// click event for the 'satelite view' button
  $scope.sateliteView = function() {
    mapService.sateliteView($scope.location.geo.lat, $scope.location.geo.lng);
    $scope.isSateliteView = true;
  };

  // click event for the 'road map view' button
  $scope.roadmapView = function() {
    mapService.roadmapView($scope.location.geo.lat, $scope.location.geo.lng);
    $scope.isSateliteView = false;
  };

  // click event for the 'street view' button
  $scope.streetView = function() {
    mapService.streetView($scope.location.geo.lat, $scope.location.geo.lng);
  };
  
}]);

This builds upon points previously detailed such as listening to events and setting properties on the scope object, however this controller in particular addresses click event code that we encountered in the older. For example, we had code such as:

sateliteViewButton.addEventListener('click', function() {

  if (this.value === 'Satelite View') {
    window.map.sateliteView(location.geo.lat, location.geo.lng);
    this.value = 'Back to Roadmap';
  } else {
    window.map.roadmapView(location.geo.lat, location.geo.lng);
    this.value = 'Satelite View';
  }
  
});

The angular way of handling click events is to declare functions on the scope object, for example:

$scope.streetView = function() {
  mapService.streetView($scope.location.geo.lat, $scope.location.geo.lng);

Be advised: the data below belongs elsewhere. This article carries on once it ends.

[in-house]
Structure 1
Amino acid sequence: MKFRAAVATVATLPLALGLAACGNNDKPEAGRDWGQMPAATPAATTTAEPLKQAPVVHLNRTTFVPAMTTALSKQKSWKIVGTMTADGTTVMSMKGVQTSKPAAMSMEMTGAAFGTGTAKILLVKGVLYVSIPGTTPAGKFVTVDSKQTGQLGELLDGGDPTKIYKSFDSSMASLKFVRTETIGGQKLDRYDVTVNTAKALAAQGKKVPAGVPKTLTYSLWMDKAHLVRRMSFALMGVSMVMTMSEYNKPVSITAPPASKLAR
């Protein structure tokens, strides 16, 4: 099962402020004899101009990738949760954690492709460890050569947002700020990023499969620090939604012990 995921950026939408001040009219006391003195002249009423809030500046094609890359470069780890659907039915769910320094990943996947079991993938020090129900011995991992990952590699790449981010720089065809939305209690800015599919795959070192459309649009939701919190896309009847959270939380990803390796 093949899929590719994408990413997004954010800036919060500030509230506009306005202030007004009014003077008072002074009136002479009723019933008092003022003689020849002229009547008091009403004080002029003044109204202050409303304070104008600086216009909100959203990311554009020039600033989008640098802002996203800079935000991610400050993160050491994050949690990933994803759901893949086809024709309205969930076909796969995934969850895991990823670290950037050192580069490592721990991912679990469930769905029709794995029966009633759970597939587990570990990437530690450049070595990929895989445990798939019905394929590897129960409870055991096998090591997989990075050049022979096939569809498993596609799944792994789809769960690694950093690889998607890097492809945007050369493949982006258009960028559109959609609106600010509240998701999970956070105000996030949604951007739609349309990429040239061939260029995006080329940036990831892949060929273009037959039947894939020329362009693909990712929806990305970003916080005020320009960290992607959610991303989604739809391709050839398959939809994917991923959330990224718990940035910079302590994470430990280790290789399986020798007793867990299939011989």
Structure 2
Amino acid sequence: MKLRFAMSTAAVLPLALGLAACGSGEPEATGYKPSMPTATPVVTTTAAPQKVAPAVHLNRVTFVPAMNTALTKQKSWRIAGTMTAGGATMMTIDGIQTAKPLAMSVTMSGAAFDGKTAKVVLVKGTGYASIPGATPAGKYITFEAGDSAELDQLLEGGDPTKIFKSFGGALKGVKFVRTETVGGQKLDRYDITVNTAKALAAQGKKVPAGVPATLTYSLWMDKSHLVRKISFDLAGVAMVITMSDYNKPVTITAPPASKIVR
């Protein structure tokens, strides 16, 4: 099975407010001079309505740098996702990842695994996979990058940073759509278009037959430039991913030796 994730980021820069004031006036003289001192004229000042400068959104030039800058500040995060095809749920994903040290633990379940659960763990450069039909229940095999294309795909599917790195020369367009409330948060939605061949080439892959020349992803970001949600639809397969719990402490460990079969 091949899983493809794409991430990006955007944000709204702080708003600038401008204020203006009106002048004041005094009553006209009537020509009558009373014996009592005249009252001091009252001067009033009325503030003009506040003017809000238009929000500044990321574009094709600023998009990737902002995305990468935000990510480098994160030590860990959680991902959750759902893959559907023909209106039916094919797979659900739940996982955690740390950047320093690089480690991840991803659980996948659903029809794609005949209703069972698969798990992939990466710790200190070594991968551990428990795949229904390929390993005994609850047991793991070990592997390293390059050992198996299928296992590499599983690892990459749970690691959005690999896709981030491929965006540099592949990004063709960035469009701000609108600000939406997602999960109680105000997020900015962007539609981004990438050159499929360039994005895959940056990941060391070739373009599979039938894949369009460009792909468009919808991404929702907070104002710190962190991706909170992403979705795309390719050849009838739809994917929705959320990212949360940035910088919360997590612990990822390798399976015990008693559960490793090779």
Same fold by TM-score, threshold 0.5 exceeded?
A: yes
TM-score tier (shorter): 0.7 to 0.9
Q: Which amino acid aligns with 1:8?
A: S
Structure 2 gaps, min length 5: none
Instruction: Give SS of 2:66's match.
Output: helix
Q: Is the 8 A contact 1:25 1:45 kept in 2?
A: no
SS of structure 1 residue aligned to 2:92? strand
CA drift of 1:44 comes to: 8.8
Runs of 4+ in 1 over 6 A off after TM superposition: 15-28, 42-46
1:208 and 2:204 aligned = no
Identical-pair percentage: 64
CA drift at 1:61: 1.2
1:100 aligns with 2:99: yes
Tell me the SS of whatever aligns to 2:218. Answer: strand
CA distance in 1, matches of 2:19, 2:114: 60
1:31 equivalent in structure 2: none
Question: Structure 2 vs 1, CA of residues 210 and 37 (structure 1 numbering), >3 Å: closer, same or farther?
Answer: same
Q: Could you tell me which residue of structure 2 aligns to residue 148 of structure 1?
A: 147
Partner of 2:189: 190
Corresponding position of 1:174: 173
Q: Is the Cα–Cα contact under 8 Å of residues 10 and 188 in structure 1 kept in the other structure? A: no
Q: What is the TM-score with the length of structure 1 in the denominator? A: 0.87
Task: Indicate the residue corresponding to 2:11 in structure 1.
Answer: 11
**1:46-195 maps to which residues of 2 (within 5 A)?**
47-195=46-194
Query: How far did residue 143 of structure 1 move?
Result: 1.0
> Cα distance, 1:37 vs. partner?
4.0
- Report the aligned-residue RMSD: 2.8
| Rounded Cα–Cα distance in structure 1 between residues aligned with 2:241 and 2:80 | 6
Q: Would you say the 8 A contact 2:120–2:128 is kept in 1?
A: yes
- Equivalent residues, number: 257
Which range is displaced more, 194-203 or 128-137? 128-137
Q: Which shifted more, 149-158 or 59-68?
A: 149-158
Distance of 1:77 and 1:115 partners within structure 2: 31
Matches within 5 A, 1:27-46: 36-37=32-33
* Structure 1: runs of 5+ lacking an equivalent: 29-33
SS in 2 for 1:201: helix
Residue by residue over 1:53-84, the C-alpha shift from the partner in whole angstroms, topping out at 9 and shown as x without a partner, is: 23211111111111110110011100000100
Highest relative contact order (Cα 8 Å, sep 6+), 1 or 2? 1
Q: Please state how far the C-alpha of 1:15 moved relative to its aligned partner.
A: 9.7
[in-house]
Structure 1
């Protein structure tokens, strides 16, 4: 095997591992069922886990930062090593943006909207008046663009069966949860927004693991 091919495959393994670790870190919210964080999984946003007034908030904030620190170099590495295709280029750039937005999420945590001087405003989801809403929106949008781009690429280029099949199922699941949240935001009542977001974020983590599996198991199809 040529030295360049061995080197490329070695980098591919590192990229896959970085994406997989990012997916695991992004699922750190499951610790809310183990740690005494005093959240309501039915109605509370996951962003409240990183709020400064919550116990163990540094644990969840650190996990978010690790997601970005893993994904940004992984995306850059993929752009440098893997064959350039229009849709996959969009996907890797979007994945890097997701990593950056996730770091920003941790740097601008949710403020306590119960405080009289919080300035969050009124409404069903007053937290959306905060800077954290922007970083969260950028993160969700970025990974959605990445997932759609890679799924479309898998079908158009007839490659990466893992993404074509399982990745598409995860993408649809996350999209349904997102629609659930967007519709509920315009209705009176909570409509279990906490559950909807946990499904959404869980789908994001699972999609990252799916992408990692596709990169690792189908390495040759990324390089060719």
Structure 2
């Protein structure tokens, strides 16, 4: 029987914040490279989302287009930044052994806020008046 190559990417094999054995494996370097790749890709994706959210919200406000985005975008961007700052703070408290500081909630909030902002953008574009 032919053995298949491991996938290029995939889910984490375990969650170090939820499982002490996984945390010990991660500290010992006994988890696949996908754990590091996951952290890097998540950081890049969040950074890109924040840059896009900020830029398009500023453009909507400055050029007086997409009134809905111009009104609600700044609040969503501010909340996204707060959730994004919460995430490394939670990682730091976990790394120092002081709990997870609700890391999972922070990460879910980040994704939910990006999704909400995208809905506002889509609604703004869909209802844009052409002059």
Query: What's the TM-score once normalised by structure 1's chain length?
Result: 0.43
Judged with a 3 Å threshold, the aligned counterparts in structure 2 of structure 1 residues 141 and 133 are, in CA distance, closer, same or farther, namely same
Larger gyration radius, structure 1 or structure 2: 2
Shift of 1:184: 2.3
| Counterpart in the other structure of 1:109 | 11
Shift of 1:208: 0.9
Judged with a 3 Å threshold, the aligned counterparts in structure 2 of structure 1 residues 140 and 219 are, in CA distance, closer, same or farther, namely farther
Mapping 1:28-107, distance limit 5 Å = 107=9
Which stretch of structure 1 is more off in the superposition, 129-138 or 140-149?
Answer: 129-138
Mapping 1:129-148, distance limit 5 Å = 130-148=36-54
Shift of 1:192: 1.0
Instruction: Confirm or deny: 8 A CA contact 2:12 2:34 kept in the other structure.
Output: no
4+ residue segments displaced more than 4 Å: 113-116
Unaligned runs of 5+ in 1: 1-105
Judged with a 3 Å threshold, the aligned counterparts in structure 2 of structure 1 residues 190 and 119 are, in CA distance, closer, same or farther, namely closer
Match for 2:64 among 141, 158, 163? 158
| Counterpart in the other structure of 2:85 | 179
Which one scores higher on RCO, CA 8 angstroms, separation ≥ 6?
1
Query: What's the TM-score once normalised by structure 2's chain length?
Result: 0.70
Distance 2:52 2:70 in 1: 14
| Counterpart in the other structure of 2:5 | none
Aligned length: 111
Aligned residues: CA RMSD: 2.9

};

We also need to add attributes to the template to bind the HTML elements to the intended function on the scope object. Here is the HTML/view for this controller:

<div class="location_detail" ng-show="showLocation" ng-controller="locationController" ng-cloak>
  <h2>{{ location.location }}</h2>
  <img src="https://maps.googleapis.com/maps/api/streetview?size=120x120&location=," align="right">
  <input type="button" value="Satelite View" ng-show="!isSateliteView" ng-click="sateliteView()">
  <input type="button" value="Roadmap View" ng-show="isSateliteView" ng-click="roadmapView()">
  <input type="button" value="Street View" ng-click="streetView()">
  <input type="button" value="Back to Movie" ng-click="backToMovie()">
</div>

The key point of this HTML example is the use of the ngClick directive e.g. ng-click=”streetView().

3. Rendering the Google Map

The final piece of functionality that holds the app together is the integration of the Google Map.

The previous approach

To recap what we had, the container div below was used by the JavaScript code to initialise the map and add div elements e.g. for the search control to the map:

<div id="map-canvas"></div>

The older code had JavaScript such as the following, where dynamically created DIV elements were added to the map instance in the designated position:

var mapDiv = document.getElementById('map-canvas');
map = new window.MapService(window.google, mapDiv);